‘Judgment’ revels in twists and turns — and riddles
Plenty of judgment is cast from on high in the third episode of “Resident Evil: Revelations 2” as our protagonist pairings continue in their lovely-yet-convoluted adventures on an island full of monsters and mysteries.
“Judgment,” the penultimate episode in the four-part series, revels in the outlandish but surprisingly addictive machinations the franchise is known for, and it continues the breakneck pace that “Episode 2” established. Tons of scary nonsense abounds, but we’ve more or less moved past the survival horror elements of the first episode and dived shotgun first into horror action. The tradeoff, and it’s one I’m totally OK with, is that we get much closer to figuring out what’s actually happening here; there’s plenty you can extrapolate out once you get to the episode’s conclusion, but it ends — once again — with a cliffhanger.
As with the previous two episodes, you spend about half your time (it can be a little skewed depending on how difficult certain sections proved to be for you) with each set of characters. In the first half of “Judgment,” you control Claire Redfield and Moira Burton, who continue to descend deeper in the mystery of their kidnapping and the one responsible for it (the Kafka-quoting Overseer). Their adventure through this nightmare world involves Prometheus, a slaughter house and the Russian language. Sounds like an intriguing time, no?
The other pair, Barry Burton (Moira’s father) and Natalia Korda, take over after Claire and Moira have their fun. This pair — one a bear of a man with enough weaponry to form a small militia, the other a little girl with supernatural powers — are trying to find Moira (and Claire, I guess, by extension), but every time they get closer, something else seems to get in their way.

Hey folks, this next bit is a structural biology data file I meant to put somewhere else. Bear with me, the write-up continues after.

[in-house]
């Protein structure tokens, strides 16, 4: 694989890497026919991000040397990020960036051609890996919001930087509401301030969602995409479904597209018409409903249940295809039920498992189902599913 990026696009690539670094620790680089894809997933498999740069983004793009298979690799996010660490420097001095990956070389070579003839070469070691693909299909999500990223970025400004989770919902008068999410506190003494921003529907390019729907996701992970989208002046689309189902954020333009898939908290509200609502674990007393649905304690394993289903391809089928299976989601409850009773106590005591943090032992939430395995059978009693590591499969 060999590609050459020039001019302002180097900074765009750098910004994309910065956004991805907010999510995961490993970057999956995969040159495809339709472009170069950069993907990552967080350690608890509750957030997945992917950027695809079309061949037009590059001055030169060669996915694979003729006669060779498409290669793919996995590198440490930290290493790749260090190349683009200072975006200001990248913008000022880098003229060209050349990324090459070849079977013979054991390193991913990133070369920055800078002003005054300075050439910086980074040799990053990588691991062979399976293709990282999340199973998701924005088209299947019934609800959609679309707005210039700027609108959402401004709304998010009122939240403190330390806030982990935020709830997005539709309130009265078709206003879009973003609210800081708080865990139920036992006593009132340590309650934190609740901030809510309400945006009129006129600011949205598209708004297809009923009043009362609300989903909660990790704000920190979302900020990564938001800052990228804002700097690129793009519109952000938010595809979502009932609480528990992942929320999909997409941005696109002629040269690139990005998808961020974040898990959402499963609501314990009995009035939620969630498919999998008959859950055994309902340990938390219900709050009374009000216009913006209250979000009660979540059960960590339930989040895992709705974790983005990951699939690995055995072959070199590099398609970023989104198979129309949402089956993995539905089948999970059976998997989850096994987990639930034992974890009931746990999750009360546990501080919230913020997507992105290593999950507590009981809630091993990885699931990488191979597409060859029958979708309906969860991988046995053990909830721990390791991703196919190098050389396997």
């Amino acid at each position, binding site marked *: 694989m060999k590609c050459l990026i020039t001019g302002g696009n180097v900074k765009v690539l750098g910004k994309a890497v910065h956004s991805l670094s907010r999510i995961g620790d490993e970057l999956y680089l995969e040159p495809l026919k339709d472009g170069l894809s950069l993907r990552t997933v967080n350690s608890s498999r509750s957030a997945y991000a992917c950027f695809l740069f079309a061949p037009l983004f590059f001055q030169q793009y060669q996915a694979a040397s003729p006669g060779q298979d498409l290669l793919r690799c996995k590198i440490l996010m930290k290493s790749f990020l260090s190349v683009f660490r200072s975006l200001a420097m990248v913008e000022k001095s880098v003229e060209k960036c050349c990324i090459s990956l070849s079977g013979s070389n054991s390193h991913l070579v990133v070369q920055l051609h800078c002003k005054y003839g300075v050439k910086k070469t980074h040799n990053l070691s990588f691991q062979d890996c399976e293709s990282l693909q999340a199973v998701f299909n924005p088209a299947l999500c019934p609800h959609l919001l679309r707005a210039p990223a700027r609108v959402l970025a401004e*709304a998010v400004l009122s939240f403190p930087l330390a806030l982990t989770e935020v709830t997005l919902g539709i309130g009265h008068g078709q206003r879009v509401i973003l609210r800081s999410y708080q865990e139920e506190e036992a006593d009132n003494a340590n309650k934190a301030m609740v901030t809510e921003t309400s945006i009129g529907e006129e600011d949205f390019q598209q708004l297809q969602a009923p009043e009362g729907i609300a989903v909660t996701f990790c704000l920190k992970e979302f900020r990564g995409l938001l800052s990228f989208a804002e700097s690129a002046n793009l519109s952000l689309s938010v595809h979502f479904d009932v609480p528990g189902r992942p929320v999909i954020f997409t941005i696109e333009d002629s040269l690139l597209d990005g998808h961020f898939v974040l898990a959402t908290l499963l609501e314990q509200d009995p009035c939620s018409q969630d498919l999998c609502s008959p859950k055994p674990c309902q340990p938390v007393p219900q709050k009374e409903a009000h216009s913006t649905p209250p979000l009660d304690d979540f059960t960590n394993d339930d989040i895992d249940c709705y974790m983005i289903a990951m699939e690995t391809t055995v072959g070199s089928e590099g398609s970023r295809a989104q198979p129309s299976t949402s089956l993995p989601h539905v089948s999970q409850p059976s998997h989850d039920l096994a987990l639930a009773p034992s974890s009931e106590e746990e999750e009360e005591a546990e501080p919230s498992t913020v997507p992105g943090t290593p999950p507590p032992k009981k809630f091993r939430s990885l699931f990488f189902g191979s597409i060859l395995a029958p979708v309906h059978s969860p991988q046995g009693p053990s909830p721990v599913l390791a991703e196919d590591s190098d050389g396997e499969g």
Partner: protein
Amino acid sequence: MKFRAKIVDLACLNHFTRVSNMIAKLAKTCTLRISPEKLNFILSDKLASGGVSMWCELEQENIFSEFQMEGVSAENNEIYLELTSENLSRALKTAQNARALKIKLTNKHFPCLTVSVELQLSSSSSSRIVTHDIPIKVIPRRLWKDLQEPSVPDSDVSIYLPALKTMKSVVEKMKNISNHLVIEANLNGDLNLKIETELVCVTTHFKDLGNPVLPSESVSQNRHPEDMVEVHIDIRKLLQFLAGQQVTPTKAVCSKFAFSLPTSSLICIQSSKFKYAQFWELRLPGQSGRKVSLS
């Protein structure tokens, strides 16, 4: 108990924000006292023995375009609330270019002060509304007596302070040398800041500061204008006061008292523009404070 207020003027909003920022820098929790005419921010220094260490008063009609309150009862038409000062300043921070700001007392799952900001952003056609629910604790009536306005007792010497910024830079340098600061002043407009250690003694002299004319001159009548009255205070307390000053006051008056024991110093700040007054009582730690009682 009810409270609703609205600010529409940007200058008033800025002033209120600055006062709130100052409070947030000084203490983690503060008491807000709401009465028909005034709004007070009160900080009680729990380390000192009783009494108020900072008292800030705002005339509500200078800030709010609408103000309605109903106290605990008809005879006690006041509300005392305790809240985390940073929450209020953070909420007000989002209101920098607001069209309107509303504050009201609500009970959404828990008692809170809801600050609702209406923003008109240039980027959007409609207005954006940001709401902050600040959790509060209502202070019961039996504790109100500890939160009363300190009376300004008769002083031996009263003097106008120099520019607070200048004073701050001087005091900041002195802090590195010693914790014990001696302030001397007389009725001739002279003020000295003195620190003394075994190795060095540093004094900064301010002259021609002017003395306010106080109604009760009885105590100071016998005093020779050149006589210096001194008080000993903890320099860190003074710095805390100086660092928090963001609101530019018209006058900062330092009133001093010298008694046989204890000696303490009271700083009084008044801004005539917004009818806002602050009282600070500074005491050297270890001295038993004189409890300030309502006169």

The episode’s highlight, bar none, is easy to see being set up: abundant health items (still the ever-present green herbs), scores of ammo for every weapon you own, major plot dumps — oh, and a massive boss arena in which Claire and Moira get to run around. Who (or what?) you’ll be up against will go unsaid here, but regardless of the craziness that directly precedes the first of two boss fights in the game, it’s an amazing fight with an interesting and difficult boss.
As for the second boss fight, fought by Barry and Natalia, it’s not nearly as complex. However, these two also partake in some clever level puzzles involving multiple stages (both horizontally and vertically) and enemies trying to block your path. It requires both of their strengths — Barry’s brute and Natalia’s enemy “sense” — to be able to complete it, and it’s quite rewarding once you manage to get through it all. The boss isn’t too inspired, but it’s plenty dangerous regardless of its creativity.
And it bears repeating: I’ve become so used to Telltale Games’ version of episodic games — with episodes no longer than two hours, and most of them much shorter — that the three-plus-hour runtime of “Judgment” just makes me smile (when I’m not running for my life, that is). There’s nothing wrong with wanting more content for your hard-earned money, right?
While going into too much more detail about the plot would ruin everything, it’s pretty safe to say that “Judgment” spends a great deal of time character building. A little odd, I acknowledge, considering we’re more than halfway through the game, but they work well here. Barry has a surprisingly tender moment with Natalia, reminding us that he is an actual father, while Moira has a chance to overcome a major fear. Even Claire has a moment of humanity, though it does come off a bit stilted. (But if I’m being honest, that’s just Claire’s personality.)
In the end, “Judgment,” the third episode of “Resident Evil: Revelations 2,” may not be exactly be logical, but you shouldn’t expect that with a “Resident Evil” game. Instead, you’re going to get a pulpy, outrageous plot that flies at you at breakneck speed. The episode breaks three hours, but it doesn’t fill padded or over-long, doling out the action and scares in right mix at the right times (one or two spots notwithstanding). In effect, a great line near the start — “And on a scale from bullshit to believable?” — basically sums what happens here. I’m not sure where “Judgment” lands on that scale, but I’m having too much fun to care.
Four “Guns always solve the problem, Moira” stars out of five.